The forum is sponsored by LivableStreets Alliance and 27 other organizations throughout Boston. The forum will be moderated by Paul McMorrow, Associate Editor at CommonWealth magazine, and Stephanie Pollack, Associate Director at the Kitty & Michael Dukakis Center for Urban & Regional Policy and LivableStreets Board Member.

RSVP today for easy sign-in. RSVP doesn’t guarantee seat. First come, first serve.

They are expecting over 400! People to attend so if you want to be there, get there early!  Hopefully someone will video tape it and put it on youtube when its over for those of us who can’t make it.

SHOW UP!  Make sure these people know that we care about these issues and that we want more and better bicycle infrastructure!

Here are three mayoral candidates views on biking from BCU:

Boston’s 12 mayoral candidates are in an all out sprint to determine which two hopefuls will stride past the primary election. Two weeks ago, 10 members of the bike community put 10 questions to them-and so far, three campaigns have answered. Does their timely response indicate the amount of priority they will give bicycles in their administration? You be the judge.

First to respond: Bill Walczak, Dorchester

Second to respond: John R. Connolly, West Roxbury

Third to respond: Felix G. Arroyo, Jamaica Plain

Bay State Bike Week

Not only is it bike month, but bike week is right around the corner.  From the city:

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May is National Bike Month!
While we know many of you bike all year, May is the month to especially celebrate our two-wheeled machines together!
Mayor Menino’s Bike Week Celebration, May 17, 7-9a
Join us for the Boston Bike Week Celebration on City Hall Plaza. Bike in on your own or join one of 9 convoys from all over Greater Boston – including a NEW East Boston route! Meet new cycling friends as you enjoy breakfast by Boloco, music, vendors, and various free swag!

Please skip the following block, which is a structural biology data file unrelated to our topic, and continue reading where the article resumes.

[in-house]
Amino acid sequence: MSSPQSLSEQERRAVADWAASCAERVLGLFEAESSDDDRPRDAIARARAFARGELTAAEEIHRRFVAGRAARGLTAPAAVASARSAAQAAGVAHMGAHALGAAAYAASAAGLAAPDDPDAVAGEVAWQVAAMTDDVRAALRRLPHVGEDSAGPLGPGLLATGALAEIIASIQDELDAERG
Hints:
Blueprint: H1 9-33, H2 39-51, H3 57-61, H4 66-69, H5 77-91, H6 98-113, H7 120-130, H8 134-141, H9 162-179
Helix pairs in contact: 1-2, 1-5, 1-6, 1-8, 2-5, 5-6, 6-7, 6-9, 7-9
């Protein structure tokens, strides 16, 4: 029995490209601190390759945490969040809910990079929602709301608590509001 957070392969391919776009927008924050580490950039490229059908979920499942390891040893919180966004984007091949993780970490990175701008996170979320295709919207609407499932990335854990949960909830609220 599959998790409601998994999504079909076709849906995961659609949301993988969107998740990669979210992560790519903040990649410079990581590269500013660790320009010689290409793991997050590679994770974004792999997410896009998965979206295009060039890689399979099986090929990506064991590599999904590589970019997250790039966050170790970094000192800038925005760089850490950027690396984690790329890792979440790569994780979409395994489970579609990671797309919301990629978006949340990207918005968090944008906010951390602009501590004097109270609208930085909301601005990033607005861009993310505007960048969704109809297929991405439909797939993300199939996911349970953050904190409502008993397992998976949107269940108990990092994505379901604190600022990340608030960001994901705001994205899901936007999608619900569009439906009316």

Find your convoy and sign up for free at  www.bostonbikes.org!
Boston Bikes’ Annual Bike Update, May 21, 6-8:30p
 
bike update
Our 5th annual bike update, hosted by the Livable Streets Alliance, will be a presentation on our achievements, challenges, and future goals as we strive to create a “world class bicycling city”. Come hear the latest details about the New Balance Hubway bike share, the Bicycle Network Plan, parking facilities,community programming, and more.

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This event is free and open to the public and will be held at the Copley Boston Public Library in the Rabb Lecture Hall. Register!
Bike Fridays: June 28, July 26, Aug 30: Mark your calendar for the whole series of Bike Fridays for more convoys, food, and fun on the Plaza!
 
Other Save the Dates
 
bay state bike week 2013
Bay State Bike Week: May 11-19: Find events throughout the state throughout the week, register your company to compete in the MassCommute Bicycle Challenge, and join us for a culminating celebration on City Hall Plaza!